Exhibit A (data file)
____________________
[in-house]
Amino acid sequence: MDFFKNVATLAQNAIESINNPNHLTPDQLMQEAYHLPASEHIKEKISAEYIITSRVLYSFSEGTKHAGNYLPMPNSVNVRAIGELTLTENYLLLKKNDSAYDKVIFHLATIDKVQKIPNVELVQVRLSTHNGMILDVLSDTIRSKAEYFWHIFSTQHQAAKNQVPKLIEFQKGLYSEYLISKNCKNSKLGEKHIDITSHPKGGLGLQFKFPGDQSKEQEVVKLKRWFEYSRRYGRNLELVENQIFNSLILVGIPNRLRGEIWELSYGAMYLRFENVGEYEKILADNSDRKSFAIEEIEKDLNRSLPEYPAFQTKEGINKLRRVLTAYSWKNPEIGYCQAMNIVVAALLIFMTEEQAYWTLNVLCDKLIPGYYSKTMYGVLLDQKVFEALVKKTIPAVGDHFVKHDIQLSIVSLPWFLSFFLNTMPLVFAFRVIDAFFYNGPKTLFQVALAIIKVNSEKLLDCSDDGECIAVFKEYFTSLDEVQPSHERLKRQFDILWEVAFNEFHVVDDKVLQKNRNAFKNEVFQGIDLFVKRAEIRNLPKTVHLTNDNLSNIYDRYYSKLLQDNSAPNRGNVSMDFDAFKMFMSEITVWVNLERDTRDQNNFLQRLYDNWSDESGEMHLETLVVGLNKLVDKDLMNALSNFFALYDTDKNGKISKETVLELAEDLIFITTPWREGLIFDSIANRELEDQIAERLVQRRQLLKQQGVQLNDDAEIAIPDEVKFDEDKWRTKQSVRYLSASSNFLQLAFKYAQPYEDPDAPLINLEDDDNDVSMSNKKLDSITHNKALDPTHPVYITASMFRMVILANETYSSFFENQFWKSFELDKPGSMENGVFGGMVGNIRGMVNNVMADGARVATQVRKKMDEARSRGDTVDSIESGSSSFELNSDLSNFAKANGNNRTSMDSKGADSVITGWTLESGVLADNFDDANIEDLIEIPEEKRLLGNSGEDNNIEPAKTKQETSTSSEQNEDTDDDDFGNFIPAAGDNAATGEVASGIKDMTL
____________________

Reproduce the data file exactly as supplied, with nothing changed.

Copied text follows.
[in-house]
Amino acid sequence: MDFFKNVATLAQNAIESINNPNHLTPDQLMQEAYHLPASEHIKEKISAEYIITSRVLYSFSEGTKHAGNYLPMPNSVNVRAIGELTLTENYLLLKKNDSAYDKVIFHLATIDKVQKIPNVELVQVRLSTHNGMILDVLSDTIRSKAEYFWHIFSTQHQAAKNQVPKLIEFQKGLYSEYLISKNCKNSKLGEKHIDITSHPKGGLGLQFKFPGDQSKEQEVVKLKRWFEYSRRYGRNLELVENQIFNSLILVGIPNRLRGEIWELSYGAMYLRFENVGEYEKILADNSDRKSFAIEEIEKDLNRSLPEYPAFQTKEGINKLRRVLTAYSWKNPEIGYCQAMNIVVAALLIFMTEEQAYWTLNVLCDKLIPGYYSKTMYGVLLDQKVFEALVKKTIPAVGDHFVKHDIQLSIVSLPWFLSFFLNTMPLVFAFRVIDAFFYNGPKTLFQVALAIIKVNSEKLLDCSDDGECIAVFKEYFTSLDEVQPSHERLKRQFDILWEVAFNEFHVVDDKVLQKNRNAFKNEVFQGIDLFVKRAEIRNLPKTVHLTNDNLSNIYDRYYSKLLQDNSAPNRGNVSMDFDAFKMFMSEITVWVNLERDTRDQNNFLQRLYDNWSDESGEMHLETLVVGLNKLVDKDLMNALSNFFALYDTDKNGKISKETVLELAEDLIFITTPWREGLIFDSIANRELEDQIAERLVQRRQLLKQQGVQLNDDAEIAIPDEVKFDEDKWRTKQSVRYLSASSNFLQLAFKYAQPYEDPDAPLINLEDDDNDVSMSNKKLDSITHNKALDPTHPVYITASMFRMVILANETYSSFFENQFWKSFELDKPGSMENGVFGGMVGNIRGMVNNVMADGARVATQVRKKMDEARSRGDTVDSIESGSSSFELNSDLSNFAKANGNNRTSMDSKGADSVITGWTLESGVLADNFDDANIEDLIEIPEEKRLLGNSGEDNNIEPAKTKQETSTSSEQNEDTDDDDFGNFIPAAGDNAATGEVASGIKDMTL